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Sorting Foods

Number and OperationsAlgebra
Grace M. Burton
Location: unknown

Students sort foods using the categories of the Food Pyramid. They also create sets up to 10 and write numerals up to 10. Finally, students use an Internet-based tool to apply their knowledge of the Food Pyramid. This lesson makes a natural connection to the science of nutrition.

Before you begin this unit, you may wish to create a class library of student books relating to food. Suggestions for such books appear in the Bibliography of Books About Food for this unit.

pdficonAppendix: Bibliography of Books About Food 

Before this lesson, perhaps as part of a science lesson or a center, provide scissors and magazines and ask the students to cut out pictures of all kinds of food.

Hold up one picture of food that the students have cut out, and ask them to identify it. Then display a copy of the Food Pyramid on the overhead projector or on a poster. (A simple internet image search should produce many options, such as the following.)

376 food pyramid

Ask for volunteers to name each section of the pyramid and tell some foods that would go in each section. Now ask them to look again at the picture that you are holding and place it in the proper section of the pyramid. Repeat with several other pictures of food. Ask whether any sections are still empty. If so, encourage the students to name items that could be placed in the missing categories. This is an excellent time to encourage the students to list foods particular to their cultures (tortillas, fry bread, pita bread, and matzo, for example) in the various sections of the Food Pyramid.

Invite the students to focus on the section of the pyramid that holds the fruit group. Ask them to note how many servings from this group should be eaten every day. If necessary, explain that two to four servings means that from two to four servings should be eaten each day.

Now distribute the 10 Strips Activity Sheet to each student.

pdficon10 Strips Activity Sheet 

Have the students draw one fruit in each of two to four spaces, then record how many pieces of fruit they drew. Call on various students to describe what they drew on their recording strips.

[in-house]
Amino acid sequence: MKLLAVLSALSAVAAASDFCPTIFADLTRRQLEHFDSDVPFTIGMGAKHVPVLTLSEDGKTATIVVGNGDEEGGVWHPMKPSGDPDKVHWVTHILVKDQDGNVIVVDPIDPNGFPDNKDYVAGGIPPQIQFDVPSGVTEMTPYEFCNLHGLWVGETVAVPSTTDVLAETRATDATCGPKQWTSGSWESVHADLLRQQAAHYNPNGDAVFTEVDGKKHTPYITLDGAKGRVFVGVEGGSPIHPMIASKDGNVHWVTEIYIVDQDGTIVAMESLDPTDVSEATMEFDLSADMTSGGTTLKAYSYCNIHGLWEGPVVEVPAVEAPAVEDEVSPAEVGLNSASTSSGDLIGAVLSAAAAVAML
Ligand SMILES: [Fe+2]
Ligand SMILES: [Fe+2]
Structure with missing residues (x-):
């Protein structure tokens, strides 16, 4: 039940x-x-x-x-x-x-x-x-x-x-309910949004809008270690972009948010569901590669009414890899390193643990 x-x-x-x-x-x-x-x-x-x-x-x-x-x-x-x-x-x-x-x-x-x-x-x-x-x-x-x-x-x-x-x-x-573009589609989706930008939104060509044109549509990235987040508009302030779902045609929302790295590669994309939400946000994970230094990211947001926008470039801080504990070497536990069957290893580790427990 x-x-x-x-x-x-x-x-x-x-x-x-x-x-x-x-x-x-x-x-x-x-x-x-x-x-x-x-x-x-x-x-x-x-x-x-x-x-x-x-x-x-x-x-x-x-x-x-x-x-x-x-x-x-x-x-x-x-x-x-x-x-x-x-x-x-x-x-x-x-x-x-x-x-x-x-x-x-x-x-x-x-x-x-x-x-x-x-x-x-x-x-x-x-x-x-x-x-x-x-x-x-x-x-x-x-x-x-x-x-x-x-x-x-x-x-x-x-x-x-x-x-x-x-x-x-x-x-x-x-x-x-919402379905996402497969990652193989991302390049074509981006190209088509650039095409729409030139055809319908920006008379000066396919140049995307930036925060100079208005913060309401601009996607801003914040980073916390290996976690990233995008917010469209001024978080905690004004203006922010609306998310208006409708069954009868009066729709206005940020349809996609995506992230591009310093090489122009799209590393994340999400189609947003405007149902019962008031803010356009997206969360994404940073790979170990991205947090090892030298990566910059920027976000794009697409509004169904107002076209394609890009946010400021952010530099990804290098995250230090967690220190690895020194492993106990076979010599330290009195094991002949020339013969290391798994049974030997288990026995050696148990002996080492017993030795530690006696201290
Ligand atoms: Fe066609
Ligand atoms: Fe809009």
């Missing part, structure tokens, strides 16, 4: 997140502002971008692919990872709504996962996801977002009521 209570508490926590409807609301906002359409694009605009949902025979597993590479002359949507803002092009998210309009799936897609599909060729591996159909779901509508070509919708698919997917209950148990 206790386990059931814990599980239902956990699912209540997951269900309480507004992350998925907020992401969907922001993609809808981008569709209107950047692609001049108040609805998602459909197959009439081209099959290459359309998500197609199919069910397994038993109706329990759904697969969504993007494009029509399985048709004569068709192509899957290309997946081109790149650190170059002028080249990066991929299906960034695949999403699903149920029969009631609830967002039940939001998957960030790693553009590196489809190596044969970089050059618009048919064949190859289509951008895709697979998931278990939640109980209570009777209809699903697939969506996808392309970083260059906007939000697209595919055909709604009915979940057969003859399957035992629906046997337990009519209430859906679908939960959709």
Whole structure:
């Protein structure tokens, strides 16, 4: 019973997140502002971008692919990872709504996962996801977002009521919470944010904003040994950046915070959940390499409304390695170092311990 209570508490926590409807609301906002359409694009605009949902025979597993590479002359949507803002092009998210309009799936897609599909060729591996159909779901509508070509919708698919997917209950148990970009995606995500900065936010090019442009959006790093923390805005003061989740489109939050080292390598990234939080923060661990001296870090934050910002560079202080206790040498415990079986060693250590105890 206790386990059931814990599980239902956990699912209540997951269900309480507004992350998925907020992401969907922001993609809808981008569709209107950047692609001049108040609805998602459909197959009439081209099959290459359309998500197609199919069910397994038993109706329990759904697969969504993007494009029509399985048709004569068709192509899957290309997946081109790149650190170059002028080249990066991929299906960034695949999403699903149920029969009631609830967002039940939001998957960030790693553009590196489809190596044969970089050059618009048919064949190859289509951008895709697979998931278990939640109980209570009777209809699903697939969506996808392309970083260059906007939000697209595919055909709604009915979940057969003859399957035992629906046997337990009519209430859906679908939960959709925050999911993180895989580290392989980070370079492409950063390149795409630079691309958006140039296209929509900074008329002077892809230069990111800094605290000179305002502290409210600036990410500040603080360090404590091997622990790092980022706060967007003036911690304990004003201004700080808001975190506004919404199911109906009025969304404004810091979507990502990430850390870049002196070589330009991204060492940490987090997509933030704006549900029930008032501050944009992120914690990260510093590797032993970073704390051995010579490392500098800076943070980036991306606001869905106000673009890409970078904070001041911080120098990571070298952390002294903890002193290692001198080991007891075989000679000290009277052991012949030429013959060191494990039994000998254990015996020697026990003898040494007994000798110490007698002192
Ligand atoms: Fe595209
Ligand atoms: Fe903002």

Repeat with recording three to five vegetables on the same strip. Then ask how many sections on the 10 strip have been filled. Encourage those who can to record this using an additional sentence.

Now repeat the activity using other sections of the food pyramid and suggesting a different number, up to 10, of the foods to be eaten. Continue to encourage the students to share their drawings.

387 apple 387 apple 387 orange 387 banana         

To conclude the lesson, gather groups of students around the computer and introduce them to a food group detective games. A simple internet search of "free food group detective game," should produce viable options.

As they play, they will be asked to discover foods from various categories of the food pyramid. Play a demonstration round of the game with the groups, then tell the students that this activity will be a choice during math center or free time. Bookmark the game on the computer that the students will use, and show them how to use the bookmark to easily access the site.

Assessment Options 

  1. To help you focus on individual accomplishments, a recording form, Class Notes, is provided. You may find your records useful when discussing students' progress toward learning targets with parents, administrators, colleagues, and the students themselves. These notes also provide documentation for mandated individual education plans. Because the knowledge and skills in this lesson are essential to other lessons in this unit, the students who have not met these objectives should receive additional instruction before proceeding with the rest of the lessons in this unit.
  2. As a first entry for their unit portfolio, you may wish to ask the students to select one way that they recorded on a 10 strip. If it is appropriate for the students, ask them to label the 10 strip with the name of the food group.